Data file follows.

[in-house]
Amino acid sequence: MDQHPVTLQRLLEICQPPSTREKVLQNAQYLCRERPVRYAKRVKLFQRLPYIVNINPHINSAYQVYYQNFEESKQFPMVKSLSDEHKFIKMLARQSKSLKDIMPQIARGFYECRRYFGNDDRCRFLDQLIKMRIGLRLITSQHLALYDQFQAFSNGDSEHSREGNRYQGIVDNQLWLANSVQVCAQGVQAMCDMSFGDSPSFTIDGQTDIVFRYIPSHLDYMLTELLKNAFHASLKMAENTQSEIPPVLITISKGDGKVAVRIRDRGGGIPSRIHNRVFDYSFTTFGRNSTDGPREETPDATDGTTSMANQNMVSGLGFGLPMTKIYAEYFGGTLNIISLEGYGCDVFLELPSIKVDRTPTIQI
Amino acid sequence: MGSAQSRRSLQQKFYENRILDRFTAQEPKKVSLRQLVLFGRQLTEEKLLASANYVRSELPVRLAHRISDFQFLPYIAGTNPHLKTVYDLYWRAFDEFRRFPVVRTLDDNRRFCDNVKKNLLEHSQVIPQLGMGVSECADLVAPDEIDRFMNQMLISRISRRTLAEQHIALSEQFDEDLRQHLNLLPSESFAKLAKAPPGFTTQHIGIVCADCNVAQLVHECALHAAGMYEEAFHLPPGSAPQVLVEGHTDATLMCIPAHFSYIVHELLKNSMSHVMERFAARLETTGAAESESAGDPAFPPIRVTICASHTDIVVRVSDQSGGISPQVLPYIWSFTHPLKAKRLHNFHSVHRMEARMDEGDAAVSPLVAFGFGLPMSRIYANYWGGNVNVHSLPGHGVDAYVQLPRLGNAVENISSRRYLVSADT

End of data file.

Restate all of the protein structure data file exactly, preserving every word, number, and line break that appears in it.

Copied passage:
[in-house]
Amino acid sequence: MDQHPVTLQRLLEICQPPSTREKVLQNAQYLCRERPVRYAKRVKLFQRLPYIVNINPHINSAYQVYYQNFEESKQFPMVKSLSDEHKFIKMLARQSKSLKDIMPQIARGFYECRRYFGNDDRCRFLDQLIKMRIGLRLITSQHLALYDQFQAFSNGDSEHSREGNRYQGIVDNQLWLANSVQVCAQGVQAMCDMSFGDSPSFTIDGQTDIVFRYIPSHLDYMLTELLKNAFHASLKMAENTQSEIPPVLITISKGDGKVAVRIRDRGGGIPSRIHNRVFDYSFTTFGRNSTDGPREETPDATDGTTSMANQNMVSGLGFGLPMTKIYAEYFGGTLNIISLEGYGCDVFLELPSIKVDRTPTIQI
Amino acid sequence: MGSAQSRRSLQQKFYENRILDRFTAQEPKKVSLRQLVLFGRQLTEEKLLASANYVRSELPVRLAHRISDFQFLPYIAGTNPHLKTVYDLYWRAFDEFRRFPVVRTLDDNRRFCDNVKKNLLEHSQVIPQLGMGVSECADLVAPDEIDRFMNQMLISRISRRTLAEQHIALSEQFDEDLRQHLNLLPSESFAKLAKAPPGFTTQHIGIVCADCNVAQLVHECALHAAGMYEEAFHLPPGSAPQVLVEGHTDATLMCIPAHFSYIVHELLKNSMSHVMERFAARLETTGAAESESAGDPAFPPIRVTICASHTDIVVRVSDQSGGISPQVLPYIWSFTHPLKAKRLHNFHSVHRMEARMDEGDAAVSPLVAFGFGLPMSRIYANYWGGNVNVHSLPGHGVDAYVQLPRLGNAVENISSRRYLVSADT